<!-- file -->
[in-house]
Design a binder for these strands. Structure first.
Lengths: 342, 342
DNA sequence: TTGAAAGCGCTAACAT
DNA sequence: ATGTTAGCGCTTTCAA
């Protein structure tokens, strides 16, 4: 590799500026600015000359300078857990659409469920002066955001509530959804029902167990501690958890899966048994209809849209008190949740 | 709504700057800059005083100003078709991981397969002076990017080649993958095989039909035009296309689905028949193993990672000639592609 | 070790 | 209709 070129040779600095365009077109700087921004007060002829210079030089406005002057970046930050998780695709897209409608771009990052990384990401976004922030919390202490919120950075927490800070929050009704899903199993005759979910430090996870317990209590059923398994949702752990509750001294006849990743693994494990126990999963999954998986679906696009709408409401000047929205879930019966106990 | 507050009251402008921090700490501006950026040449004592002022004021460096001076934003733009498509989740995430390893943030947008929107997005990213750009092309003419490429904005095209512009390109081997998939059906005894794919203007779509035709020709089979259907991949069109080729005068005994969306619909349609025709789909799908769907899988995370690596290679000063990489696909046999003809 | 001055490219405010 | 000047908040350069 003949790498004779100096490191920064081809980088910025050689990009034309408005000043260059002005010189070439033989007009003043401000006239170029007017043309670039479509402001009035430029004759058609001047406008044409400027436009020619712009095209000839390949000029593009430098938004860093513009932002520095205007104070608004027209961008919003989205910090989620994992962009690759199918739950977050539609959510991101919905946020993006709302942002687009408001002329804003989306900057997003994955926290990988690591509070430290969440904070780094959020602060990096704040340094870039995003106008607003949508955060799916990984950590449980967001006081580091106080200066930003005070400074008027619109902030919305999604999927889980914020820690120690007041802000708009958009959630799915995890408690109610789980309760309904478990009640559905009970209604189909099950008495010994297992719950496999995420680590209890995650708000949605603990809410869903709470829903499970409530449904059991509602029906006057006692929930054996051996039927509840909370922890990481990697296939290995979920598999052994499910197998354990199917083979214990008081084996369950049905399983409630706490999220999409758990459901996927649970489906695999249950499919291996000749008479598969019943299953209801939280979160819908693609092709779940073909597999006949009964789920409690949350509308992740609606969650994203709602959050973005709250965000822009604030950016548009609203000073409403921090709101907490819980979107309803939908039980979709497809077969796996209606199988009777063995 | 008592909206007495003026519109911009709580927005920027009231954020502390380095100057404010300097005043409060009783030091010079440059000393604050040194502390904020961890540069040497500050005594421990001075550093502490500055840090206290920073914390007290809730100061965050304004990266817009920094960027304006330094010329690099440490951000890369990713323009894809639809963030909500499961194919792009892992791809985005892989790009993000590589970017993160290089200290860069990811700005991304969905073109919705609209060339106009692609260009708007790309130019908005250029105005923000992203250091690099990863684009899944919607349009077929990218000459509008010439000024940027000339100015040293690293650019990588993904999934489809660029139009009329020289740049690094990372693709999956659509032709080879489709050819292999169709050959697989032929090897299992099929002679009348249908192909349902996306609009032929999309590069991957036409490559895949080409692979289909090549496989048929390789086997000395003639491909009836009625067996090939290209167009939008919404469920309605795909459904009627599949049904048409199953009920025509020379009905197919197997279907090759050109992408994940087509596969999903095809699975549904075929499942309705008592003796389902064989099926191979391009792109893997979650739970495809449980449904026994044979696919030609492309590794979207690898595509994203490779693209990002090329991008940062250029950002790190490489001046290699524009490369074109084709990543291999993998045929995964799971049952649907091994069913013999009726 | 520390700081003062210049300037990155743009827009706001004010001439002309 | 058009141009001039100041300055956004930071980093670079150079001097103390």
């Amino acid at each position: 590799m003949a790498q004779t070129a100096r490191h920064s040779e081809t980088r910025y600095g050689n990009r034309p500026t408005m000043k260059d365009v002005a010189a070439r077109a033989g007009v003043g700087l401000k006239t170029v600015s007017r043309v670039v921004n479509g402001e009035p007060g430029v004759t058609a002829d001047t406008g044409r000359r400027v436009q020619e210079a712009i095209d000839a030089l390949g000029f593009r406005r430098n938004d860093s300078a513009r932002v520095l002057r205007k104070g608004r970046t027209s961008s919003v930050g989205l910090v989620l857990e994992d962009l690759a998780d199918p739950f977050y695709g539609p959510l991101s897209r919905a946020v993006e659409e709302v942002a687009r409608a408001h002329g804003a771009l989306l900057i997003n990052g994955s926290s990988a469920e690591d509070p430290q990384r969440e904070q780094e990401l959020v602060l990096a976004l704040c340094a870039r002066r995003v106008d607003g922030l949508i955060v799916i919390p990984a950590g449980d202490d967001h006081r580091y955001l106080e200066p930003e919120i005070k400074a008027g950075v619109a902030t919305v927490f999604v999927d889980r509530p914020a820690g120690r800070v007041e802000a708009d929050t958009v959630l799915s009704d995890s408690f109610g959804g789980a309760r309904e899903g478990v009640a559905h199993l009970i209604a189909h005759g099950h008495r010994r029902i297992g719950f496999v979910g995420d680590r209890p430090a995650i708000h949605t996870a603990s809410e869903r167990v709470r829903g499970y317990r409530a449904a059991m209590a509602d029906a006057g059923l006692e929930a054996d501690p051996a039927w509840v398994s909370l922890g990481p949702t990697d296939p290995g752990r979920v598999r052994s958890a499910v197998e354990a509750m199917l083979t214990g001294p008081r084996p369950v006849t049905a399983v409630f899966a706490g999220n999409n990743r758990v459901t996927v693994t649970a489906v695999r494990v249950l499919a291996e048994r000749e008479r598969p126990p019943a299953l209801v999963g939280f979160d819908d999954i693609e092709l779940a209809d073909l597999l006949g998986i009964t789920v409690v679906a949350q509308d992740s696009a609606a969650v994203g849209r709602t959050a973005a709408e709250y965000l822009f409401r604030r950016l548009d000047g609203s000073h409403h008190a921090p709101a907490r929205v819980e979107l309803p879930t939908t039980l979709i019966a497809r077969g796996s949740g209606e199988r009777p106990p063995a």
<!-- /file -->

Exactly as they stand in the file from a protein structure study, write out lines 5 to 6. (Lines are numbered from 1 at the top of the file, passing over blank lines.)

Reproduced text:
DNA sequence: ATGTTAGCGCTTTCAA
């Protein structure tokens, strides 16, 4: 590799500026600015000359300078857990659409469920002066955001509530959804029902167990501690958890899966048994209809849209008190949740 | 709504700057800059005083100003078709991981397969002076990017080649993958095989039909035009296309689905028949193993990672000639592609 | 070790 | 209709 070129040779600095365009077109700087921004007060002829210079030089406005002057970046930050998780695709897209409608771009990052990384990401976004922030919390202490919120950075927490800070929050009704899903199993005759979910430090996870317990209590059923398994949702752990509750001294006849990743693994494990126990999963999954998986679906696009709408409401000047929205879930019966106990 | 507050009251402008921090700490501006950026040449004592002022004021460096001076934003733009498509989740995430390893943030947008929107997005990213750009092309003419490429904005095209512009390109081997998939059906005894794919203007779509035709020709089979259907991949069109080729005068005994969306619909349609025709789909799908769907899988995370690596290679000063990489696909046999003809 | 001055490219405010 | 000047908040350069 003949790498004779100096490191920064081809980088910025050689990009034309408005000043260059002005010189070439033989007009003043401000006239170029007017043309670039479509402001009035430029004759058609001047406008044409400027436009020619712009095209000839390949000029593009430098938004860093513009932002520095205007104070608004027209961008919003989205910090989620994992962009690759199918739950977050539609959510991101919905946020993006709302942002687009408001002329804003989306900057997003994955926290990988690591509070430290969440904070780094959020602060990096704040340094870039995003106008607003949508955060799916990984950590449980967001006081580091106080200066930003005070400074008027619109902030919305999604999927889980914020820690120690007041802000708009958009959630799915995890408690109610789980309760309904478990009640559905009970209604189909099950008495010994297992719950496999995420680590209890995650708000949605603990809410869903709470829903499970409530449904059991509602029906006057006692929930054996051996039927509840909370922890990481990697296939290995979920598999052994499910197998354990199917083979214990008081084996369950049905399983409630706490999220999409758990459901996927649970489906695999249950499919291996000749008479598969019943299953209801939280979160819908693609092709779940073909597999006949009964789920409690949350509308992740609606969650994203709602959050973005709250965000822009604030950016548009609203000073409403921090709101907490819980979107309803939908039980979709497809077969796996209606199988009777063995 | 008592909206007495003026519109911009709580927005920027009231954020502390380095100057404010300097005043409060009783030091010079440059000393604050040194502390904020961890540069040497500050005594421990001075550093502490500055840090206290920073914390007290809730100061965050304004990266817009920094960027304006330094010329690099440490951000890369990713323009894809639809963030909500499961194919792009892992791809985005892989790009993000590589970017993160290089200290860069990811700005991304969905073109919705609209060339106009692609260009708007790309130019908005250029105005923000992203250091690099990863684009899944919607349009077929990218000459509008010439000024940027000339100015040293690293650019990588993904999934489809660029139009009329020289740049690094990372693709999956659509032709080879489709050819292999169709050959697989032929090897299992099929002679009348249908192909349902996306609009032929999309590069991957036409490559895949080409692979289909090549496989048929390789086997000395003639491909009836009625067996090939290209167009939008919404469920309605795909459904009627599949049904048409199953009920025509020379009905197919197997279907090759050109992408994940087509596969999903095809699975549904075929499942309705008592003796389902064989099926191979391009792109893997979650739970495809449980449904026994044979696919030609492309590794979207690898595509994203490779693209990002090329991008940062250029950002790190490489001046290699524009490369074109084709990543291999993998045929995964799971049952649907091994069913013999009726 | 520390700081003062210049300037990155743009827009706001004010001439002309 | 058009141009001039100041300055956004930071980093670079150079001097103390």